To get back on some sort of track here, IF they pull off the Everybody-Wiped-Out-By-Virus thing with credibility (done very well in the book and miniseries The Stand, by Stephen King), and IF they pull off the Show-Us-Something-Relatively-New-With-Zombies-Fucking-Shit-Up aspect (again done very well in 28 Days Later and DOTD remake), THEN the movie has a fighting chance. Their ace in the hole is that quarantine of New York City scene, which they had to for weeks prior to the filming of that, advertise on local TV and radio that what was coming up was not real, it was just a movie, and that real New Yorkers should not panic about a posible outbreak and/or quarantine for any reaon. It's that post 9/11, approaching-2012 impending doom feeling of total paranoia that they can capture and capitalize on if they execute well.
It's just all the shit with the woman and the kid I worry about. For the most part, I gather that the "kid" role is minimalized, and there's no "I-happen-to-be-an-expert-ten-year-old-on-zombies-that's-seen-zombie-movies" aspect to it. It's all played out damn serious-like, and if you can't tell by this point, I like hyphens almost as much as parentheses. So I'm pulling for the film, big-time, but then again, I was also pulling for Eight Legged Freaks.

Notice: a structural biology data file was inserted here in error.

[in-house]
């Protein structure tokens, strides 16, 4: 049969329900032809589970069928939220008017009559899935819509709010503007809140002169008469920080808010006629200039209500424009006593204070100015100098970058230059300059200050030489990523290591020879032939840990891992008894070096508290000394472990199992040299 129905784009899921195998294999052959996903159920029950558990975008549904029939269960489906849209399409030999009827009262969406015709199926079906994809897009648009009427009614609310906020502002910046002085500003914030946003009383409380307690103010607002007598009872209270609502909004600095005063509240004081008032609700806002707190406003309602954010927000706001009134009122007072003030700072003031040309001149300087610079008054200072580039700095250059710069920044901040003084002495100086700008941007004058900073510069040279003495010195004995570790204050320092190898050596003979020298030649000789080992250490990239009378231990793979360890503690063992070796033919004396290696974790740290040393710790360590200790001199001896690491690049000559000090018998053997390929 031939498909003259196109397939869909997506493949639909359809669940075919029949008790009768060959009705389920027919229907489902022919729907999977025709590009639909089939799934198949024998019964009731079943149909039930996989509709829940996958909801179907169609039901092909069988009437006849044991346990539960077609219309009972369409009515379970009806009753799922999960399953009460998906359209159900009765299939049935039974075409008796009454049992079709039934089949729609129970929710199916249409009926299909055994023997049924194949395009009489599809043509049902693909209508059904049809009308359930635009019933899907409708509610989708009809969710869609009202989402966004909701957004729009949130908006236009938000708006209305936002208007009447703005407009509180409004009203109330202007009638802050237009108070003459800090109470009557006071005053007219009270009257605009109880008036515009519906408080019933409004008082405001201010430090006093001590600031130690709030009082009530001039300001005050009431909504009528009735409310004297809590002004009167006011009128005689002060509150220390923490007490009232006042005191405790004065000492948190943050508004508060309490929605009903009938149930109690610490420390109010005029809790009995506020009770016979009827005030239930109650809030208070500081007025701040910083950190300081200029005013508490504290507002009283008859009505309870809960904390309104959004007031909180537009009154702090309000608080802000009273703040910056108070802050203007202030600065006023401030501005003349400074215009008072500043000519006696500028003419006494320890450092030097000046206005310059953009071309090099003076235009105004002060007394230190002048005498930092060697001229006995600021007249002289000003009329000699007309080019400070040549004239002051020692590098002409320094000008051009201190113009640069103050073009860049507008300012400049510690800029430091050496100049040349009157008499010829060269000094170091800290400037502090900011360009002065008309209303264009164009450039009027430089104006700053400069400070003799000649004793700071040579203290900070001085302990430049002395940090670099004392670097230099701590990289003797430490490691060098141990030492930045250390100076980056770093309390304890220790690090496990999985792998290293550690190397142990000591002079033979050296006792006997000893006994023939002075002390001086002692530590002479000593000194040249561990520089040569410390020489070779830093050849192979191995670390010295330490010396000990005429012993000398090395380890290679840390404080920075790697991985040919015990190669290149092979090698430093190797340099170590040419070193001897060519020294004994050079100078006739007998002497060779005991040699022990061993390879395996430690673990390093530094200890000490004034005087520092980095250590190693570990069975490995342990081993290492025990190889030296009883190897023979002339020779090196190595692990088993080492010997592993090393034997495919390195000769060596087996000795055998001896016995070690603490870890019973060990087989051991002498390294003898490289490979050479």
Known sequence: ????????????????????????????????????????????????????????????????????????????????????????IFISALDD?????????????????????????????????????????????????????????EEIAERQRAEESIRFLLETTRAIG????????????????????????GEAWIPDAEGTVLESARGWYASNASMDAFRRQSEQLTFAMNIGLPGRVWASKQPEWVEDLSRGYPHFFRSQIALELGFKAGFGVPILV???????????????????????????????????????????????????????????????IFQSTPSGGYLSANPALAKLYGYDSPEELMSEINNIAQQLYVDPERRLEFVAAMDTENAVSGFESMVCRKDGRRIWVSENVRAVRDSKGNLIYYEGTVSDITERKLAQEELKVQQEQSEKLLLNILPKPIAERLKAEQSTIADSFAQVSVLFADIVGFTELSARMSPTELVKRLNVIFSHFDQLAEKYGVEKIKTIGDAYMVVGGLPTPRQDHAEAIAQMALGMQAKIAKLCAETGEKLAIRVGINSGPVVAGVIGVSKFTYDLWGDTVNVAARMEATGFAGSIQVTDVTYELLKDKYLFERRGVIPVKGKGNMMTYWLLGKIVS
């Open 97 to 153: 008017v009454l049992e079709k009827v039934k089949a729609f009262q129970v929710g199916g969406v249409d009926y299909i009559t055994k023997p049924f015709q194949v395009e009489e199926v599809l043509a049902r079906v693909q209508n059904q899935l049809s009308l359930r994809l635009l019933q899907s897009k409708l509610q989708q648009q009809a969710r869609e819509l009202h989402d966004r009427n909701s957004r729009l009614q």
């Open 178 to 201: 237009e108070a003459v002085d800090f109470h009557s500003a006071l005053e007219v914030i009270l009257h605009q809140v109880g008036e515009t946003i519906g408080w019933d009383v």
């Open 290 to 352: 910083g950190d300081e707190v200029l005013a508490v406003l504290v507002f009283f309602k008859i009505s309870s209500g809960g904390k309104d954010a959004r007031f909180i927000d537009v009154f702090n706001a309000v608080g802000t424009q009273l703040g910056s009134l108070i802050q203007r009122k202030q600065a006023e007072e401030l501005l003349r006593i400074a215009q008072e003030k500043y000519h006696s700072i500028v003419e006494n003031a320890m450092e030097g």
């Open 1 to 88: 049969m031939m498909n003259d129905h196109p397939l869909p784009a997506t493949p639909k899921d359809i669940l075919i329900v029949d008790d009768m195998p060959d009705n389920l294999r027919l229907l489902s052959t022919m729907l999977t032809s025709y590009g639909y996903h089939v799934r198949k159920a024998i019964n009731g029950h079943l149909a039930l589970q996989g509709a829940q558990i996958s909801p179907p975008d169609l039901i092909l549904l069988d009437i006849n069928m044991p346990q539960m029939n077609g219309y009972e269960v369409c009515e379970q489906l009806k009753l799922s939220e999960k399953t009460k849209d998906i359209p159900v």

Working on IAL: *****
Potential for IAL: *** to ****
Probable for IAL: ** 1/2
Plus, I should add that the wrap party for the movie was pretty cool. Will Smith basically put on a mini-concert, and did a full-on word-for-word hardcore version of the theme from Prince of Bel-Air. DJ Jazzy Jeff was there, so it was great to see him getting some work. If you happen to care about these sorts of things.
And yeah, that picture of me up there sure does feature a T-shirt with a Superman logo from Alex Ross' Kingdom Come, for those that care about these sorts of things. Stunning photographic proof that I seriously Nerd it up at work and chicks still dig me. (Except there's no girls in THAT picture. But right after it was taken...)
Is there an Honorable Mention category for Horrorthon? Or, more appropriately, Rookie Of The Year Award? I'd like to think I've earned consideration for SOMETHING.
Standby in November for the Hardest Star Wars Trivia Questions you have ever fucking experienced. All of you. I can not be beat, and I will stump the greatest of you. I got weeks worth of 'em stored up.